Tennessee Education Commissioner Candice McQueen released the results of this year’s implementation of the program Tuesday morning, highlighting how the program has helped improve students’ reading comprehension in districts across the state.
Washington County Schools, Johnson City Schools, Elizabethton City Schools and Carter County Schools were among the local districts that have received Read to be Ready grants.
This year, the commissioner said first-, second- and third-grade students who participated in the four-week summer reading program showed notable improvement in reading comprehension and accuracy skills, as well as an “increased motivation to read.”
The story read much the same in Washington County Schools, according to Assistant Director Karla Kyte.
Kyte said the program was able to serve 30 first-, second- and third-graders at Boones Creek Elementary School and Jonesborough Elementary School.
“The program’s summer grants enhanced our overall Washington County summer program,” she said Wednesday morning, adding that the district received $36,000 from the state grant.
“This four-week program addressed the documented ‘summer slide’ that occurs when children are not enrolled in school and are not engaged in reading,” Kyte continued. “The grant allowed the purchase of high-quality children’s books, instructional resources, student field trips, family involvement activities and student take-home reading materials.”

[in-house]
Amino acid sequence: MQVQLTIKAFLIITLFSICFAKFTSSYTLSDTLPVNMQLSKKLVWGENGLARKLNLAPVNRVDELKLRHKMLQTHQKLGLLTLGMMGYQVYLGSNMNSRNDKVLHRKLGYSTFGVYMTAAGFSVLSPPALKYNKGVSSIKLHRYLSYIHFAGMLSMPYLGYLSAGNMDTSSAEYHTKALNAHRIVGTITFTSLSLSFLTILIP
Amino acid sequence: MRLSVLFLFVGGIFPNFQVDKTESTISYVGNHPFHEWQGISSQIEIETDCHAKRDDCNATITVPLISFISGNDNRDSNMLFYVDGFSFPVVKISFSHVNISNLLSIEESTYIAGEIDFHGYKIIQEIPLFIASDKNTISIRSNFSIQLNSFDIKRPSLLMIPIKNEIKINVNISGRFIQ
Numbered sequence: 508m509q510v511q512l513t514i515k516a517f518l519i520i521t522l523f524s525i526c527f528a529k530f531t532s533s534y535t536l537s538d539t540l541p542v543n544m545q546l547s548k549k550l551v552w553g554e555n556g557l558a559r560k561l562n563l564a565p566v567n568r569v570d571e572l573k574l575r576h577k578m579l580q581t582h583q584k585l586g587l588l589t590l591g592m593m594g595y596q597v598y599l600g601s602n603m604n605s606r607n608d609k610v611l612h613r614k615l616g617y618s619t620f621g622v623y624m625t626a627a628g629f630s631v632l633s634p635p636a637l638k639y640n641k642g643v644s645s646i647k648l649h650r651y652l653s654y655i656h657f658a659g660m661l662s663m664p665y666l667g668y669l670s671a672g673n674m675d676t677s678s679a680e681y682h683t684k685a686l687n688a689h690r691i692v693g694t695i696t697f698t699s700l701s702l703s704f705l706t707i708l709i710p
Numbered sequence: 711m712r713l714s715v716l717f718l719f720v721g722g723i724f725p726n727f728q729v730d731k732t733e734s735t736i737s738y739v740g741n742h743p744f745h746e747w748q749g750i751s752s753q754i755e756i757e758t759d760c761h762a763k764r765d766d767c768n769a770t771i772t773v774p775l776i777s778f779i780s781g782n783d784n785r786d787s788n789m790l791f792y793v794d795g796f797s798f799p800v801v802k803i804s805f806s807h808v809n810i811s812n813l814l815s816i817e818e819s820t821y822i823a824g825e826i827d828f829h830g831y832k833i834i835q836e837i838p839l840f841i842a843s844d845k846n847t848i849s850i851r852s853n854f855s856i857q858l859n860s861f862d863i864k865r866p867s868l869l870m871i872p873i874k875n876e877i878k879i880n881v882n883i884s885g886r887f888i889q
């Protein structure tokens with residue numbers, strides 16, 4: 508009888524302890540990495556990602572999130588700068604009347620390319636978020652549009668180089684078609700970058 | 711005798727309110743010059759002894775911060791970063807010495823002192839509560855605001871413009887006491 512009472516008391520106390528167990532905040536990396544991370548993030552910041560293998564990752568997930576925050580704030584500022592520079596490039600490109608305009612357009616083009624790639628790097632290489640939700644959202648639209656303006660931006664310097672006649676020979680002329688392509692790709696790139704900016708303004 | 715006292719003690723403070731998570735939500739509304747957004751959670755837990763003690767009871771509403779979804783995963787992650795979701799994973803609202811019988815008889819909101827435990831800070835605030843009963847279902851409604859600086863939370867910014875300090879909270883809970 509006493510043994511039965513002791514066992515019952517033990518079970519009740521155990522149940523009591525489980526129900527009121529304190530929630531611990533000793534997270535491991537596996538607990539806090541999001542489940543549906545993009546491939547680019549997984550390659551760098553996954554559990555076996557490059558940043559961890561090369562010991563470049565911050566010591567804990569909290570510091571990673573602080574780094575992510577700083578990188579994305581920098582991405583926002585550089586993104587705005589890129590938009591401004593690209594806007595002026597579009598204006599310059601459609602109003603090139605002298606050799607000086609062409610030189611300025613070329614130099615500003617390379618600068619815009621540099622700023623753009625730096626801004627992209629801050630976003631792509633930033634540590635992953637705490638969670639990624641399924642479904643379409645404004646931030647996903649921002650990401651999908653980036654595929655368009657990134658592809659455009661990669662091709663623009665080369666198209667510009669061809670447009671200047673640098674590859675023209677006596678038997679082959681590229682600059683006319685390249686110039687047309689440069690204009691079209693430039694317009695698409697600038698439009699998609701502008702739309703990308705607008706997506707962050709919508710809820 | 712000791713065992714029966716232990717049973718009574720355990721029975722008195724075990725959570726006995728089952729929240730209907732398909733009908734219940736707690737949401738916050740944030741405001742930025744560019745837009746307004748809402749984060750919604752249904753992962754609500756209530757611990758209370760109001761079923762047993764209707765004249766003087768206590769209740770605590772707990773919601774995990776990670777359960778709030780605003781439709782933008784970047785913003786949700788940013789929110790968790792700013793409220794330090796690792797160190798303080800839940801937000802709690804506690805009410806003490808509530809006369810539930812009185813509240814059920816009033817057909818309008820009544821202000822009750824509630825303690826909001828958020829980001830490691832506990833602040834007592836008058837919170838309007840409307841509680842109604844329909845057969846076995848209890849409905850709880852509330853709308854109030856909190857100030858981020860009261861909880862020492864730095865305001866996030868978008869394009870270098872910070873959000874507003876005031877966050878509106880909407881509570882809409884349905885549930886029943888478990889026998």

The state provided $44,300 to summer camps within the Johnson City Schools district, which helped fund camps at South Side Elementary School and Fairmont Elementary School for about 40 students.
“Although Johnson City Schools has traditionally provided a rich array of summer programming, the Read to be Ready camps were special for three reasons,” Director of Accountability and School Improvement Robbie Anderson said. “First, the grant funds provided participating teachers with additional training and support — equipping teachers with very specific skills for student motivation and literacy growth. Second, the funds allowed the camp to focus on small group work, providing students with very personalized and intense literacy instruction. Third, the grant enabled every participating student to leave with a personal library of high-quality children’s literature.”
“We had students begin the summer as struggling, reluctant readers and leave the camp excited about reading and proud of their new home libraries,” she added.
In Elizabethton City Schools, the Read to be Ready grant provided $34,800 for its summer Camp Read-A-Lot program at East Side Elementary, where more than 30 students participated.
“Camp Read-A-Lot has seen growth not only in reading levels and ability, but in motivation and confidence as well,” Director Julie Hartsook said, adding that students were able to take dozens of books home with them.
Officials from Carter County Schools could not be immediately reached for comment.
The application for the 2019 summer grant program is available now through Oct. 22. All school districts are encouraged to apply, and full application details can be found at www.tn.gov/readtobeready, where more information on the program can be found.